It's 2004, and the George W. Bush administration has tapped the National Guard for fresh bodies to send to the front lines of the Iraq War, resulting in the largest deployment of part-time soldiers since World War II. It's the age of the "backdoor draftees," the era in which Michael Connors sets his debut film, Allegiance, an amateurish thriller that's only occasionally stimulating as it takes a deeper look at the poor souls whose one-weekend-a-month undertaking quickly turned into an 18-month commitment.
Taking place over the course of a single day, the film tells the story of Lieutenant Danny Sefton (Seth Gabel), a former Ivy Leaguer and senator's son who's granted a transfer and relocated to a cushy desk job, much to the chagrin of his fellow soldiers, who are gearing up for deployment to Iraq. Trouble arises after Specialist Chris Reyes (Shad "Bow Wow" Moss) reaches out to Gabel, asking him for help in receiving a similar transfer so that he can remain stateside and care for his terminally ill son. When Moss's transfer is denied, Gabel agrees to help spring him from the base, drawing the menace of the maniacal Lieutenant Alec Chambers (Pablo Schreiber). So the film has lofty ambitions, but despite the grand stakes presented in the narrative, it never reaches the nail-biting heights it aspires to. Whether it's the clunky dialogue, sloppy characterizations, indistinct approach to mise-en-scène, or, more often than not, a combination of the three, Connors can't quite seem to connect the dots he's so meticulously mapped out for himself.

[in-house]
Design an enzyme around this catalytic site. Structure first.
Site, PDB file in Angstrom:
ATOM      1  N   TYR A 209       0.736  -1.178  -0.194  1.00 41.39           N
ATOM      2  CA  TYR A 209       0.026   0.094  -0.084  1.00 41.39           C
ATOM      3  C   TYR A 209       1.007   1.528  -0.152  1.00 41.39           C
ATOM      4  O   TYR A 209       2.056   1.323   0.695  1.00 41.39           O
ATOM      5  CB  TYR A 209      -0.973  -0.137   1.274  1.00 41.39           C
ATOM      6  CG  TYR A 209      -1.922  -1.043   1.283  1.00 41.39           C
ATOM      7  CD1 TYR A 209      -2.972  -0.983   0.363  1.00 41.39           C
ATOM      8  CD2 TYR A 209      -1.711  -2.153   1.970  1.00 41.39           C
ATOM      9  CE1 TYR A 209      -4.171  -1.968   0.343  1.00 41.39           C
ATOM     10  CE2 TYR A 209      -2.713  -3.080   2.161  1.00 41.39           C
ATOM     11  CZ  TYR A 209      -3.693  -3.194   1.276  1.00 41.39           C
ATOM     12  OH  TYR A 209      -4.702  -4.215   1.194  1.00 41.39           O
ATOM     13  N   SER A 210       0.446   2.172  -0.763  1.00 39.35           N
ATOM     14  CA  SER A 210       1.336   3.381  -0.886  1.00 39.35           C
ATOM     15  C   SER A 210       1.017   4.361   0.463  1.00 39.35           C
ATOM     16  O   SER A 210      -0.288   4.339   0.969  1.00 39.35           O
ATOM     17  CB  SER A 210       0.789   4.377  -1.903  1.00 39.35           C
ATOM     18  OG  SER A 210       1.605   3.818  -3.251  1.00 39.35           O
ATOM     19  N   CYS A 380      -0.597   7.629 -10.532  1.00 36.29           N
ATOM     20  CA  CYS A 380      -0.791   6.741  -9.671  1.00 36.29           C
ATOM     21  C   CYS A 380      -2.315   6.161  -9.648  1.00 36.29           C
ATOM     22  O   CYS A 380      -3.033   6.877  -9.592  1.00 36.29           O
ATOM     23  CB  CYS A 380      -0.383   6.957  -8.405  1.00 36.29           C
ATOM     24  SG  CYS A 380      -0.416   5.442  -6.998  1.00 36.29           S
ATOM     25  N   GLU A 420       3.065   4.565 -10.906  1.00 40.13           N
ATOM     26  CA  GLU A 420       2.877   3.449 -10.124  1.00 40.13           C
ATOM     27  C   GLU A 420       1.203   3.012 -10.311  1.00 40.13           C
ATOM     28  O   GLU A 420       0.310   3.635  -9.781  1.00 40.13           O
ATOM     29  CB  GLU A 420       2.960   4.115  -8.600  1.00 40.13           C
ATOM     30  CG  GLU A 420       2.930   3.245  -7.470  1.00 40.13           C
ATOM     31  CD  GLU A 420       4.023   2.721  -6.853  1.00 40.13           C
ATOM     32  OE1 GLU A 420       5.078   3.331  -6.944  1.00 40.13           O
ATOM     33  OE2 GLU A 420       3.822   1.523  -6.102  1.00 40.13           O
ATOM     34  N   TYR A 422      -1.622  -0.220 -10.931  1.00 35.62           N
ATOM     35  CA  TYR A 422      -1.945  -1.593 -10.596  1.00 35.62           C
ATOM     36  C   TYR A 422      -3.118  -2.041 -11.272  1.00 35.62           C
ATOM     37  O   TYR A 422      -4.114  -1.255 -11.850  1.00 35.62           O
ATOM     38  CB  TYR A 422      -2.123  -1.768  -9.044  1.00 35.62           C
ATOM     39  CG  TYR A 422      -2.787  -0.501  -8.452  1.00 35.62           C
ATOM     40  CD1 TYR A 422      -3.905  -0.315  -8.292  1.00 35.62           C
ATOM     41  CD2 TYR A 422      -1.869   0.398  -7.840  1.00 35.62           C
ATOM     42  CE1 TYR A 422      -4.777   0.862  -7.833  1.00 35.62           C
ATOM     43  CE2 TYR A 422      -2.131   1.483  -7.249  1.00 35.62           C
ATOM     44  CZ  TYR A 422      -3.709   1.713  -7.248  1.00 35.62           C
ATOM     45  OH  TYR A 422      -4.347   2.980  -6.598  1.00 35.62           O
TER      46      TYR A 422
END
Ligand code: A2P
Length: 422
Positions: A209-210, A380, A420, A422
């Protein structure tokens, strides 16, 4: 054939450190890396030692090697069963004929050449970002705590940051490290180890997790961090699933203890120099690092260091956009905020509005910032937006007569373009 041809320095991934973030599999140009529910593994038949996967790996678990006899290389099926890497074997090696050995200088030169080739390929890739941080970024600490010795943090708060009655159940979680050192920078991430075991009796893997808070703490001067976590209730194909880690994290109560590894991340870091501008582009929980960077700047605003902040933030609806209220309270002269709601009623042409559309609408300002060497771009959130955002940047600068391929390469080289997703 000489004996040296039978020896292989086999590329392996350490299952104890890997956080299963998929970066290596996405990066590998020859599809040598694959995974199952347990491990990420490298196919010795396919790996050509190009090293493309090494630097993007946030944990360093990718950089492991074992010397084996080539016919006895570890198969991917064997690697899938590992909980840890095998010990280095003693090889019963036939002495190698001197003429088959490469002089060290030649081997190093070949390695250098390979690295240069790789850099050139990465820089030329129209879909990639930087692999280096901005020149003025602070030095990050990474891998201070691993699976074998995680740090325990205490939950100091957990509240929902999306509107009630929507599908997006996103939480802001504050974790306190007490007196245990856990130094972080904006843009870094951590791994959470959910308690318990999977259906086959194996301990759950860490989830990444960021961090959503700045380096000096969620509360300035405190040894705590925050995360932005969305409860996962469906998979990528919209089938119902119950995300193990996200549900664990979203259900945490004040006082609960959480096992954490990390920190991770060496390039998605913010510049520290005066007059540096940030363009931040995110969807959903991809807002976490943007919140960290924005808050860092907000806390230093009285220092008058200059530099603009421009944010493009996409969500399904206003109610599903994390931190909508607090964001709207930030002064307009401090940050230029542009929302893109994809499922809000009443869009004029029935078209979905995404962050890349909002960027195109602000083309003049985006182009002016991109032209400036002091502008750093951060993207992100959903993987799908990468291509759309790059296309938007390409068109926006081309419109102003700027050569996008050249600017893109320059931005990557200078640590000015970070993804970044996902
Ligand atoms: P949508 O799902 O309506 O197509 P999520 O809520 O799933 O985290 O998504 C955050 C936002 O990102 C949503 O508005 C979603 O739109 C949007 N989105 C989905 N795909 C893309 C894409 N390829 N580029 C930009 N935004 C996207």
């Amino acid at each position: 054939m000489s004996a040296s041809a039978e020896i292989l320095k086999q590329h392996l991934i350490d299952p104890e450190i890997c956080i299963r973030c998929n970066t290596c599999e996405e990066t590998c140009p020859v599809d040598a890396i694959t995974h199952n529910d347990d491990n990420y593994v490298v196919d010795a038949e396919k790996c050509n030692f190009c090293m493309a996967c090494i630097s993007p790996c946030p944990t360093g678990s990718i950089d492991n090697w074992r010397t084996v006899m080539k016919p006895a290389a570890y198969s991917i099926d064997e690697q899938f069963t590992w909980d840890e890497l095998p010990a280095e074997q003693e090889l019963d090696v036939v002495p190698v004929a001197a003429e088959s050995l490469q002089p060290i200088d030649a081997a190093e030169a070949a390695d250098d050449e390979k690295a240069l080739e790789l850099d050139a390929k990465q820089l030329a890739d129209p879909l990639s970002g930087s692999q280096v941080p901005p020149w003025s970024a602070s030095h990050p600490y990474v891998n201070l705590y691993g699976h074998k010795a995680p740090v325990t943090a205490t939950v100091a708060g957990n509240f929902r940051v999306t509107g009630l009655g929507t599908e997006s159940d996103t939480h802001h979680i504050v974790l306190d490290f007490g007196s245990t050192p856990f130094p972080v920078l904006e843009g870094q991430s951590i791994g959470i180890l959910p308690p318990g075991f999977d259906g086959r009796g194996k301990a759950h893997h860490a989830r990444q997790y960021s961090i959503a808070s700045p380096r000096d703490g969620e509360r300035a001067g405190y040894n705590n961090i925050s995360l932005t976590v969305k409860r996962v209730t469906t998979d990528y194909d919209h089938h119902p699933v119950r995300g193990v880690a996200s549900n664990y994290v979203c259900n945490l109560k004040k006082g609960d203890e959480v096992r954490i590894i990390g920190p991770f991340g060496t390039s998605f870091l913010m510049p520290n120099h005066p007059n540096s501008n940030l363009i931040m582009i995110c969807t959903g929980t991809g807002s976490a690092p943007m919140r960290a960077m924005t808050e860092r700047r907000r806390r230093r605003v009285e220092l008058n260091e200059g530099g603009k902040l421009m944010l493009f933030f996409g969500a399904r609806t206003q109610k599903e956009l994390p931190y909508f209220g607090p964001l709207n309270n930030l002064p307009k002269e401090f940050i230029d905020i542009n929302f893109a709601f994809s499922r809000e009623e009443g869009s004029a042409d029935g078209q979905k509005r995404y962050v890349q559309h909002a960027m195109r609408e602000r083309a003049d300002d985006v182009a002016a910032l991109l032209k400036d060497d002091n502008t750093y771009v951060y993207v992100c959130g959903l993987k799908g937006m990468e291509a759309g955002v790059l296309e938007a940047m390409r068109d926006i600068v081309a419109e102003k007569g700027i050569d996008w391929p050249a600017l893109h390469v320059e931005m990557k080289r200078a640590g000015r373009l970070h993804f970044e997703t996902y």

Still, the premise is intriguing. The film stews with palpable contempt for the Bush administration, and the disdain the troops show not only for the prospect of fighting in Iraq, but also for their commanding officers, reflects the animosity Americans had—and continue to have—for the recent wars we've waged in the Middle East. As the film's moral center, Reyes is pitted against the institutional rule of the American military, vehemently opposed to fighting in Iraq, but presented with no other options. His "allegiance," as it were, is to his family—not so much his fellow soldiers, and certainly not to his superiors. His stance, however noble, is ultimately futile considering the circumstances (as acknowledged in the pragmatic, if not pessimistic, denouement), but Reyes stands as a humanistic beacon for which the audience can sympathize.
Connors does a fine job of not passing judgment on his characters, yet his depiction of Reyes's dilemma is about the only thing he handles correctly. Under the guidance of a more sure hand, the rest of Allegiance may have been an admirable study of individualism. But as it stands, the film suffers from Connors's lack of fortitude, be it formally, narratively, or otherwise.